What I Learned When I Stopped Shopping
Good for her, I thought when I read Ann Patchett’s 2017 article on her “Year of No Shopping,” but no way could I do that. I am not a person drawn to extremes, and besides, at that time in my life, I didn’t have extra money to shop. My second child was not yet a year old and my husband and I were spending most of our “discretionary income” on childcare.
Two years later, I found myself with a full-time desk job. After identifying as “broke” for so long, and as a new parent trying to grow a freelance writing career, I was finally a “real” adult who could afford to replace things that broke or wore out.
This new state of being snuck up on me and soon I found myself not only purchasing replacement items but, dare I say it, making impulse purchases. Can you see the shame dripping from that last clause? I was supposed to be a serious person, a critical thinker who was wise to the tricks of advertising. Instead, whether out of boredom in the middle of a Wednesday afternoon or because a blogger or podcaster I followed personally recommended something, I was buying things I didn’t need.
Did I want them? Maybe, but that wasn’t the point. The fact that I could afford these indiscretions didn’t comfort me either. I remembered the “Year of No Shopping” and decided to try it out with a “Buy Nothing” month last September.
My rules for buy nothing month
Every diet needs rules, including a diet from shopping. I modeled mine after Ann Patchett’s guidelines, which she describes as follows:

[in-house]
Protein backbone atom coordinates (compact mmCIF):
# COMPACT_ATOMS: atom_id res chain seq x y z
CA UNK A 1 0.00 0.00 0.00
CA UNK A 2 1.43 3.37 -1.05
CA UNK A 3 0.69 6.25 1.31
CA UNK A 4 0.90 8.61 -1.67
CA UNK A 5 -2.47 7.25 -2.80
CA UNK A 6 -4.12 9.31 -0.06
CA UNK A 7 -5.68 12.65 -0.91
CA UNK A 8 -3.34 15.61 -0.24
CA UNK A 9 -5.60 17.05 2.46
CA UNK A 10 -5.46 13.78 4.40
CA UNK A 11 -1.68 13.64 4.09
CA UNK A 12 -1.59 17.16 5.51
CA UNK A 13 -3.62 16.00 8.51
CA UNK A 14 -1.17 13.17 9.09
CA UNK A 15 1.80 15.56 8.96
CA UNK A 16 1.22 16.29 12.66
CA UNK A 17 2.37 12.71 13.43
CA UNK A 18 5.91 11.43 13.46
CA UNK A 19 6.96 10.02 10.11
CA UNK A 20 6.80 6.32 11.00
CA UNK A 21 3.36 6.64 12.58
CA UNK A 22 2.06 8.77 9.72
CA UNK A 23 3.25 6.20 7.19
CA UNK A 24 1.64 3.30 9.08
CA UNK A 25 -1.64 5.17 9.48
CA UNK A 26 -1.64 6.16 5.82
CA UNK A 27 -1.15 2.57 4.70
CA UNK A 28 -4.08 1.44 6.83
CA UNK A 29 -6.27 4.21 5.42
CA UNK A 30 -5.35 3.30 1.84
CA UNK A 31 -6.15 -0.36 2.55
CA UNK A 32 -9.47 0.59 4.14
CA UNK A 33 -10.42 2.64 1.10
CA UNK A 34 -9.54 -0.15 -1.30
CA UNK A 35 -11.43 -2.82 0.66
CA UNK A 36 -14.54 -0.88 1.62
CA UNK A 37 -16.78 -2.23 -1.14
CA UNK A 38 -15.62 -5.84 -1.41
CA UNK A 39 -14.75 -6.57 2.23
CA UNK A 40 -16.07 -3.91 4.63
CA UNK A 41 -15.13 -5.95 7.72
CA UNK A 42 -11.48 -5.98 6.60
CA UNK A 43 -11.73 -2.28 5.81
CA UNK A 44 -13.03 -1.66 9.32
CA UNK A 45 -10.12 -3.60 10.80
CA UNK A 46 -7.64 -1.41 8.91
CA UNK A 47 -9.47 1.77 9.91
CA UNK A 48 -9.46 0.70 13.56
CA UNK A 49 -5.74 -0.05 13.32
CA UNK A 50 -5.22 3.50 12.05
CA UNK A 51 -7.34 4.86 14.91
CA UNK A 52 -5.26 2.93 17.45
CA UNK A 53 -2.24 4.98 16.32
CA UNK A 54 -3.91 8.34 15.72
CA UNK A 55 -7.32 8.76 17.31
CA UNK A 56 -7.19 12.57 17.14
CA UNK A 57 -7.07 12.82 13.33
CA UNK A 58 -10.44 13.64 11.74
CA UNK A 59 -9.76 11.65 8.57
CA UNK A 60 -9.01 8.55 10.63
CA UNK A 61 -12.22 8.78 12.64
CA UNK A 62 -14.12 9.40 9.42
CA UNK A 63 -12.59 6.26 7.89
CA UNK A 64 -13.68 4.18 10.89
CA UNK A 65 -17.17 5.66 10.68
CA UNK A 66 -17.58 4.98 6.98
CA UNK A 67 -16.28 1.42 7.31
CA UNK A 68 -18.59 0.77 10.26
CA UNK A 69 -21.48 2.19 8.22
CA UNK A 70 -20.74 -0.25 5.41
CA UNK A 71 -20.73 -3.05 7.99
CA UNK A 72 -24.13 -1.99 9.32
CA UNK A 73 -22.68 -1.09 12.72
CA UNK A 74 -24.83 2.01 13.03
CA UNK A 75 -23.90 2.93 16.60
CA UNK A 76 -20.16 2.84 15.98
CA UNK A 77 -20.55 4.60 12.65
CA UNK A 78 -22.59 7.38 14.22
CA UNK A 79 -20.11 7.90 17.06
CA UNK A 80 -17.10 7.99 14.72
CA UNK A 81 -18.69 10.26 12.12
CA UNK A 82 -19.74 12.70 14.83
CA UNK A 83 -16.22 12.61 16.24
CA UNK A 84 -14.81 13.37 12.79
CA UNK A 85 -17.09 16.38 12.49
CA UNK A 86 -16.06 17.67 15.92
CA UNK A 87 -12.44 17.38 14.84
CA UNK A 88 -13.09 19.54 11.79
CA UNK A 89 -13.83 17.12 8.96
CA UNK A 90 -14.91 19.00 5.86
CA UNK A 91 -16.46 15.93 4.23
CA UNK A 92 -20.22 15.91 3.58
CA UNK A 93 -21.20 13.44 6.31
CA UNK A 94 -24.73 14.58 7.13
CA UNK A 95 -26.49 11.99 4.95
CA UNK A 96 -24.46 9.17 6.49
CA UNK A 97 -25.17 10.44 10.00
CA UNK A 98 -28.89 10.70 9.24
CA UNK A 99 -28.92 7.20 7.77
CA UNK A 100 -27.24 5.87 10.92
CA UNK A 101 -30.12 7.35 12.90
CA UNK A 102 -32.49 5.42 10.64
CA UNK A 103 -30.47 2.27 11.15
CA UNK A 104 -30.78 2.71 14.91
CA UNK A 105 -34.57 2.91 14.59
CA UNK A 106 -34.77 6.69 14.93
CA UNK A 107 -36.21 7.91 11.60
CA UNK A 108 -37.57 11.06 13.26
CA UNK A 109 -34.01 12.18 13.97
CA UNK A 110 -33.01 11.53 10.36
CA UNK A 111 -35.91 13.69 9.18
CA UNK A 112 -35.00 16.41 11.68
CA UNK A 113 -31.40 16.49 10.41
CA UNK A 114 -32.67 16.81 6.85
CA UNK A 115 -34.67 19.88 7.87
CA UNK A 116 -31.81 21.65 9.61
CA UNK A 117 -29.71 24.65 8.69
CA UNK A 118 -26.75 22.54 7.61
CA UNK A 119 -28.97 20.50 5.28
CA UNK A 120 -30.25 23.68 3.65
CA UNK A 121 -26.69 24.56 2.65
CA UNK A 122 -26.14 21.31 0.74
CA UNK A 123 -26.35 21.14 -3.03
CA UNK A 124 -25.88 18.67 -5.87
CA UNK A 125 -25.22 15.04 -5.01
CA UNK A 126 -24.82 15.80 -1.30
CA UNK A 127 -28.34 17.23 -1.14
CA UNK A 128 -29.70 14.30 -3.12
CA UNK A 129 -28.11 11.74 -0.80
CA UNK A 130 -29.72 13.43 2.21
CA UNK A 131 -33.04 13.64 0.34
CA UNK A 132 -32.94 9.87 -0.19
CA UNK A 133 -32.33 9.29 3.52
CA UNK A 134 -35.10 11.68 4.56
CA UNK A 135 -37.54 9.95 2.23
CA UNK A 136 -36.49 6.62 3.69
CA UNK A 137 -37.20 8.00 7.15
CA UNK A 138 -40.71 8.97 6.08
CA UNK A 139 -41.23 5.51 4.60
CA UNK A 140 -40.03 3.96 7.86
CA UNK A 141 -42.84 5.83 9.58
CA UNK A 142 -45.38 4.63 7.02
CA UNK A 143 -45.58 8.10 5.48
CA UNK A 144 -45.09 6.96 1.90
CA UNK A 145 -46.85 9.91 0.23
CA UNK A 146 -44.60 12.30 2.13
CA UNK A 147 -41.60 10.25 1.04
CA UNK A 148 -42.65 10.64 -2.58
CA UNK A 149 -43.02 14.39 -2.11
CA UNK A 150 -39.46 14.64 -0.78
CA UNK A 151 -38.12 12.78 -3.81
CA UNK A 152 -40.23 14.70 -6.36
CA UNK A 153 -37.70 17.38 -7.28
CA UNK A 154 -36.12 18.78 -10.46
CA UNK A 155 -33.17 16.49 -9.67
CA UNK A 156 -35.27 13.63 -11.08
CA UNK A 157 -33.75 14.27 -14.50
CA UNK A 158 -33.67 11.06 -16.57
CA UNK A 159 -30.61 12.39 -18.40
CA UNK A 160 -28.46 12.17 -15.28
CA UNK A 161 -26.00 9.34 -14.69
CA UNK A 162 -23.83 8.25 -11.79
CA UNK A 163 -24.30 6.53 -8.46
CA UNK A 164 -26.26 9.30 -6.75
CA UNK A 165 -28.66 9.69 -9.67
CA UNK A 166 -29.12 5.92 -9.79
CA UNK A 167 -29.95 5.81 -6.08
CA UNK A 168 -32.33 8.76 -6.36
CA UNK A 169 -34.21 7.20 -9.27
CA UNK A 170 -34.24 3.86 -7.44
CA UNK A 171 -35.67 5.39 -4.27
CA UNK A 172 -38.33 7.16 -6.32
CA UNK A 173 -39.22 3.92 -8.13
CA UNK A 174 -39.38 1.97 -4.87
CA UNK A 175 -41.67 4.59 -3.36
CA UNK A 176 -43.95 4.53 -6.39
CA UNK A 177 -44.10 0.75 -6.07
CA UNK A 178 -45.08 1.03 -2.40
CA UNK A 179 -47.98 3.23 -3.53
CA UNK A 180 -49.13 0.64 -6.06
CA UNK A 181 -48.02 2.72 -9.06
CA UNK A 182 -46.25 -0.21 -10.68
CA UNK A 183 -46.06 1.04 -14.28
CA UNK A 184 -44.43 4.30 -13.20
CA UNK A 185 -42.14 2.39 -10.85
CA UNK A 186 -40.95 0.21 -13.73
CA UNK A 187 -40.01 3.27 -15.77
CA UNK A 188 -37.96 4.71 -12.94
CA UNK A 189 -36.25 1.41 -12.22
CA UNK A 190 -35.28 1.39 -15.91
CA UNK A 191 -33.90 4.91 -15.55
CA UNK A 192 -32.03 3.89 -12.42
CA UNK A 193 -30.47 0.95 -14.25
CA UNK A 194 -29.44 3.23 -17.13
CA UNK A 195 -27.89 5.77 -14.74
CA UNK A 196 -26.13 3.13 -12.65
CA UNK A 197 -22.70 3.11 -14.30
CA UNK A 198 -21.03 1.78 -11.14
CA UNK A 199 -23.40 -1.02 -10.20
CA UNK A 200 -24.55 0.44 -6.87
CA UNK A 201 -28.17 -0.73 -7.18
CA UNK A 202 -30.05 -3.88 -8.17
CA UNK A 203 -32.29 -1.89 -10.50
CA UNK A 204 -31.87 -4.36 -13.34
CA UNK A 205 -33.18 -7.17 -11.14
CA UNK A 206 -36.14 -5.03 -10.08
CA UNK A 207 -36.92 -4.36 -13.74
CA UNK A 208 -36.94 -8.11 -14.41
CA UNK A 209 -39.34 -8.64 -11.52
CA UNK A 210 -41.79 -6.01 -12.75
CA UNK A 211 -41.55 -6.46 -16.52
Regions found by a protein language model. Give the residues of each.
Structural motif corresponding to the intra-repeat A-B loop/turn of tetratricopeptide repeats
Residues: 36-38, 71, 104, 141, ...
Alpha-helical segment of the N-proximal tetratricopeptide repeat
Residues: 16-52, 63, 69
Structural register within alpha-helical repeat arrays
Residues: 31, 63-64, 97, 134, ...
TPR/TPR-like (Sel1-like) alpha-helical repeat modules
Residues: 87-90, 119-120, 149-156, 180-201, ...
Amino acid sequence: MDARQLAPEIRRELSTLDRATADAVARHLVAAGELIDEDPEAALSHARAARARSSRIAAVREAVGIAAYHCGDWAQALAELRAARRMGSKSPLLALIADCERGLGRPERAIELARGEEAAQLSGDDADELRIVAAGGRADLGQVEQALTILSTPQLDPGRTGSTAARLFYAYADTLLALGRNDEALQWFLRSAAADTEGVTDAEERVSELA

“I wanted a plan that was serious but not so draconian that I would bail out in February, so while I couldn’t buy clothing or speakers, I could buy anything in the grocery store, including flowers. I could buy shampoo and printer cartridges and batteries but only after I’d run out of what I had. I could buy plane tickets and eat out in restaurants. I could buy books because I write books and I co-own a bookstore and books are my business.”
For my own month of no shopping, I gave myself the following exceptions:
- If something I use on a frequent basis breaks or runs out, I can replace it.
- I can buy my kids what they need, such as the school supplies on their class lists and any shoes or clothing items they outgrow.
- Like Patchett, I didn’t limit my food purchases (including takeout).
Finally, I dealt with any FOMO by keeping a list of things I wanted to buy in September. I’d review the list in October and, if I still had a burning desire for a particular item, I could buy it then.
What I learned from buying nothing
Any productivity expert can tell you that time and energy are finite resources. Every decision you make, however small, about how to allocate those resources precludes a different choice. So, every minute I spent reading about the best sheet set, or browsing a sales edit in a fashion blog, or putting items in my cart and then ruminating on whether or not to actually buy them, was a minute I wasn’t spending on the activities that actually reflected my values and larger goals.
Decision fatigue is real
Defined as the theory that “a human’s ability to make decisions can get worse after making many decisions” by Medical News Today, decision fatigue can lead to impulse purchases, procrastination, and bad decision-making.
For example, I noticed that my personal inbox was largely a list of decisions that were draining my mental energy and willpower. I started unsubscribing from newsletters and email lists that were just trying to sell me things.
I also had a habit of leaving tabs open in my browser to avoid making decisions. This looks intriguing, I’d think, but I don’t want to decide right now if I’m going to buy it. If I wasn’t waiting to decide, I was waiting for a sale, refreshing my shopping cart as if it was a slot machine to see if the price was different.